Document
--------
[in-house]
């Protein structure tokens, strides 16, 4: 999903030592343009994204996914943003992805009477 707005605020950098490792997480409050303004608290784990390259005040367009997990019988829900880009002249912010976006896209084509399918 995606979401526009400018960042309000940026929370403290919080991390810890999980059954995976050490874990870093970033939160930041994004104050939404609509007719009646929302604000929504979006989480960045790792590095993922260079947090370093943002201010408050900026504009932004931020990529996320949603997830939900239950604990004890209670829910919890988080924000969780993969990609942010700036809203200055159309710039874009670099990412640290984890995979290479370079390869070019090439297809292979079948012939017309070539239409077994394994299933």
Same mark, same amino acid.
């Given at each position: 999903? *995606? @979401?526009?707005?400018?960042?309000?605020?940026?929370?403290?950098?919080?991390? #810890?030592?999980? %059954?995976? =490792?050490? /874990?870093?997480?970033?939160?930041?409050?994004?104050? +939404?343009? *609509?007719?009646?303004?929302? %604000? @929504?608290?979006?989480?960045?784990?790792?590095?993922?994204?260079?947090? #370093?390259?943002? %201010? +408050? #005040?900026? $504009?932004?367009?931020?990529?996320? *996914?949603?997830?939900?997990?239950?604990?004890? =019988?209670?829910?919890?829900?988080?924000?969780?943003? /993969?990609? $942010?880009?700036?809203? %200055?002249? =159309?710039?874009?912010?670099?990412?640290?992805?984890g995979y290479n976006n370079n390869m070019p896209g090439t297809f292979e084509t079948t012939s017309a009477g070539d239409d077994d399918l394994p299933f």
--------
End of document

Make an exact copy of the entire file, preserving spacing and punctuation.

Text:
[in-house]
């Protein structure tokens, strides 16, 4: 999903030592343009994204996914943003992805009477 707005605020950098490792997480409050303004608290784990390259005040367009997990019988829900880009002249912010976006896209084509399918 995606979401526009400018960042309000940026929370403290919080991390810890999980059954995976050490874990870093970033939160930041994004104050939404609509007719009646929302604000929504979006989480960045790792590095993922260079947090370093943002201010408050900026504009932004931020990529996320949603997830939900239950604990004890209670829910919890988080924000969780993969990609942010700036809203200055159309710039874009670099990412640290984890995979290479370079390869070019090439297809292979079948012939017309070539239409077994394994299933």
Same mark, same amino acid.
């Given at each position: 999903? *995606? @979401?526009?707005?400018?960042?309000?605020?940026?929370?403290?950098?919080?991390? #810890?030592?999980? %059954?995976? =490792?050490? /874990?870093?997480?970033?939160?930041?409050?994004?104050? +939404?343009? *609509?007719?009646?303004?929302? %604000? @929504?608290?979006?989480?960045?784990?790792?590095?993922?994204?260079?947090? #370093?390259?943002? %201010? +408050? #005040?900026? $504009?932004?367009?931020?990529?996320? *996914?949603?997830?939900?997990?239950?604990?004890? =019988?209670?829910?919890?829900?988080?924000?969780?943003? /993969?990609? $942010?880009?700036?809203? %200055?002249? =159309?710039?874009?912010?670099?990412?640290?992805?984890g995979y290479n976006n370079n390869m070019p896209g090439t297809f292979e084509t079948t012939s017309a009477g070539d239409d077994d399918l394994p299933f």